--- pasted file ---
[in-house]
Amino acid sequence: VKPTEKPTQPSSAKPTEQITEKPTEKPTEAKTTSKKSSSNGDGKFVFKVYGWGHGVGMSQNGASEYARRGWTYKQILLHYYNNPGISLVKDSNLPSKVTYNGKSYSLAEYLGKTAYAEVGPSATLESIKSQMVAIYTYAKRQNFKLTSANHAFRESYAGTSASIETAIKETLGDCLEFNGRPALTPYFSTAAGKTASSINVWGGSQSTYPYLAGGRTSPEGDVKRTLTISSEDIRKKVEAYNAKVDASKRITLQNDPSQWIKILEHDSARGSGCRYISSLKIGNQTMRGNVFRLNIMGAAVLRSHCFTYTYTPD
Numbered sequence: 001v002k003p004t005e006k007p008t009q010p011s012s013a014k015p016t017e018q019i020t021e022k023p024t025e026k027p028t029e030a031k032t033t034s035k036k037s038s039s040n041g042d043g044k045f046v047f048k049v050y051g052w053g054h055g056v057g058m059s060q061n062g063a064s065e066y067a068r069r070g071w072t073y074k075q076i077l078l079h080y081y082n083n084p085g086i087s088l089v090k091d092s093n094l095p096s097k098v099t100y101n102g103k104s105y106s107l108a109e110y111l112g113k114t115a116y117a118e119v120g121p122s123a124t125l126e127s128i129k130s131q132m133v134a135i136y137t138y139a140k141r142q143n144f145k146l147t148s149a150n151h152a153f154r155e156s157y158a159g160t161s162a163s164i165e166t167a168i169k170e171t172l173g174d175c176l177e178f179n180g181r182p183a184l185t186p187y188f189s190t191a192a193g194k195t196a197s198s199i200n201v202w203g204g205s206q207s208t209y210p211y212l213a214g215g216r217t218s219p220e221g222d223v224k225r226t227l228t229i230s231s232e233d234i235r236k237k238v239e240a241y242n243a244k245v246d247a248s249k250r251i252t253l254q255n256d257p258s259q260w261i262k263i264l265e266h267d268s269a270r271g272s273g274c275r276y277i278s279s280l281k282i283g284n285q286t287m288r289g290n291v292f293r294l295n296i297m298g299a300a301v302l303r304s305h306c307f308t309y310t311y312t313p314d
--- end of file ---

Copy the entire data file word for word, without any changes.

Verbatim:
[in-house]
Amino acid sequence: VKPTEKPTQPSSAKPTEQITEKPTEKPTEAKTTSKKSSSNGDGKFVFKVYGWGHGVGMSQNGASEYARRGWTYKQILLHYYNNPGISLVKDSNLPSKVTYNGKSYSLAEYLGKTAYAEVGPSATLESIKSQMVAIYTYAKRQNFKLTSANHAFRESYAGTSASIETAIKETLGDCLEFNGRPALTPYFSTAAGKTASSINVWGGSQSTYPYLAGGRTSPEGDVKRTLTISSEDIRKKVEAYNAKVDASKRITLQNDPSQWIKILEHDSARGSGCRYISSLKIGNQTMRGNVFRLNIMGAAVLRSHCFTYTYTPD
Numbered sequence: 001v002k003p004t005e006k007p008t009q010p011s012s013a014k015p016t017e018q019i020t021e022k023p024t025e026k027p028t029e030a031k032t033t034s035k036k037s038s039s040n041g042d043g044k045f046v047f048k049v050y051g052w053g054h055g056v057g058m059s060q061n062g063a064s065e066y067a068r069r070g071w072t073y074k075q076i077l078l079h080y081y082n083n084p085g086i087s088l089v090k091d092s093n094l095p096s097k098v099t100y101n102g103k104s105y106s107l108a109e110y111l112g113k114t115a116y117a118e119v120g121p122s123a124t125l126e127s128i129k130s131q132m133v134a135i136y137t138y139a140k141r142q143n144f145k146l147t148s149a150n151h152a153f154r155e156s157y158a159g160t161s162a163s164i165e166t167a168i169k170e171t172l173g174d175c176l177e178f179n180g181r182p183a184l185t186p187y188f189s190t191a192a193g194k195t196a197s198s199i200n201v202w203g204g205s206q207s208t209y210p211y212l213a214g215g216r217t218s219p220e221g222d223v224k225r226t227l228t229i230s231s232e233d234i235r236k237k238v239e240a241y242n243a244k245v246d247a248s249k250r251i252t253l254q255n256d257p258s259q260w261i262k263i264l265e266h267d268s269a270r271g272s273g274c275r276y277i278s279s280l281k282i283g284n285q286t287m288r289g290n291v292f293r294l295n296i297m298g299a300a301v302l303r304s305h306c307f308t309y310t311y312t313p314d